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A checklist of competencies for “accidental” research managers (16 Mar 18)

Nine subjects every manager involved in research should be familiar with

It’s tough at the moment in the public sector. Staff are being asked to do all sorts of things in addition to their normal duties.

Research and consultation is no exception so I thought I would reproduce some competencies that Kathleen Greaves and I developed for what used to be the Housing Corporation.

These are aimed principally at non-experts, although some staff with research training may also find it useful.

Options for carrying out research

The use of external contractors or experts, front line or operational staff, residents, volunteers, and students, and exploring the strengths and weaknesses of the different approaches and how problems may be minimised.

Awareness of the role and limitations of research

What research can and cannot deliver

Basic knowledge about the types of research and their uses

Designing research projects, including desk research, analysis of records, self completion, telephone and face-to-face surveys, depth interviews and focus groups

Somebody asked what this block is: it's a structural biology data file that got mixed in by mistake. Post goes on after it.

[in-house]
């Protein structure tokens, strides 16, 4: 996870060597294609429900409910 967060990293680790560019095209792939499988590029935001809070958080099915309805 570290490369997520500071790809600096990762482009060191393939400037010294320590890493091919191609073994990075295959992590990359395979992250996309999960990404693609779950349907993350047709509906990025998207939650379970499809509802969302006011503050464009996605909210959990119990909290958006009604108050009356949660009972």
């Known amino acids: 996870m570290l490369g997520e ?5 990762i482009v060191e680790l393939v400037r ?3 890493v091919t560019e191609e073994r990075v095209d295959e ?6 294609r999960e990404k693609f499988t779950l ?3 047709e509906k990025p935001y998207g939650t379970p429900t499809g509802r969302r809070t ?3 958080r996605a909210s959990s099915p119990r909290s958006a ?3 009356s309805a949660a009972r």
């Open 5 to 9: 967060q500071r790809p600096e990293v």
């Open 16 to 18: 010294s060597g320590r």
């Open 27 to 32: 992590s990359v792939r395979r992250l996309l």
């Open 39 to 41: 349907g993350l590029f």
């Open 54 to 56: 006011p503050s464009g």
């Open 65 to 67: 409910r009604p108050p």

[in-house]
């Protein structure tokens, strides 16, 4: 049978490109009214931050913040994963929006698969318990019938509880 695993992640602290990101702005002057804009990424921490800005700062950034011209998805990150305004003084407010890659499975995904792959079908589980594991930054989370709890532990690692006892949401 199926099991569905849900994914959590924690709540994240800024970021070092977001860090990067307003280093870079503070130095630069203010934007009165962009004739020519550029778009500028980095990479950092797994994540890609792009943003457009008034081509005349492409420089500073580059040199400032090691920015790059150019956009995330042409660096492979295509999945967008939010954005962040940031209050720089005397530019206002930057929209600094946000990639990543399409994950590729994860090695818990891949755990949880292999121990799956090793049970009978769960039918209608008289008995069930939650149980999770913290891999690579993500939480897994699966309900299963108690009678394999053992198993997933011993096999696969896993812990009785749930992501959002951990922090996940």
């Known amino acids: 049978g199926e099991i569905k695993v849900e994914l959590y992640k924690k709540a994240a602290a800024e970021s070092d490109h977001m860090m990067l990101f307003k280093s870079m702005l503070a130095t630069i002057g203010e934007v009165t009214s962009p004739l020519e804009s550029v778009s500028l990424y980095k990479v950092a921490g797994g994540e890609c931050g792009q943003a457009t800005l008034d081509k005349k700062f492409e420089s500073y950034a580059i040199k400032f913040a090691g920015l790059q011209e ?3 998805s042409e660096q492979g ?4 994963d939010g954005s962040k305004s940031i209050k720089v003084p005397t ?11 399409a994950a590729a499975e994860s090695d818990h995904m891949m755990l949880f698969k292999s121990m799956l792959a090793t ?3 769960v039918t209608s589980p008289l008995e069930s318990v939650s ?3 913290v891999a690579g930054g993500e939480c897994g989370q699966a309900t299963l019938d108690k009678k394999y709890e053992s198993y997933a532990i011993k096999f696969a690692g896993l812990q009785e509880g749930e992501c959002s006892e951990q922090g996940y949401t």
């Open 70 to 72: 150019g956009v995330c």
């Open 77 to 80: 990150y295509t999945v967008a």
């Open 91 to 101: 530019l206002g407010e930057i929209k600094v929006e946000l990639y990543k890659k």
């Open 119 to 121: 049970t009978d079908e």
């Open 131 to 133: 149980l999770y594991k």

Timescales and costs of different research approaches

How to decide whether to carry out research internally or to contract it out

Familiarity with ethical standards for research

Objectivity, confidentiality, obtaining informed consent, avoidance of intrusiveness and inconvenience and duty of feedback. Ethical issues of using staff and residents.

Familiarity with procedures for management of internal research projects

Procedures for co-ordination, dissemination, implementation and evaluation of research

Familiarity with research terms

Best wishes


PS Why not attend our one day workshop Data Analysis for Accidental Researchers? Or if there are a number of you interested why not run a course in house? Email me at rod@rodlaird.co.uk


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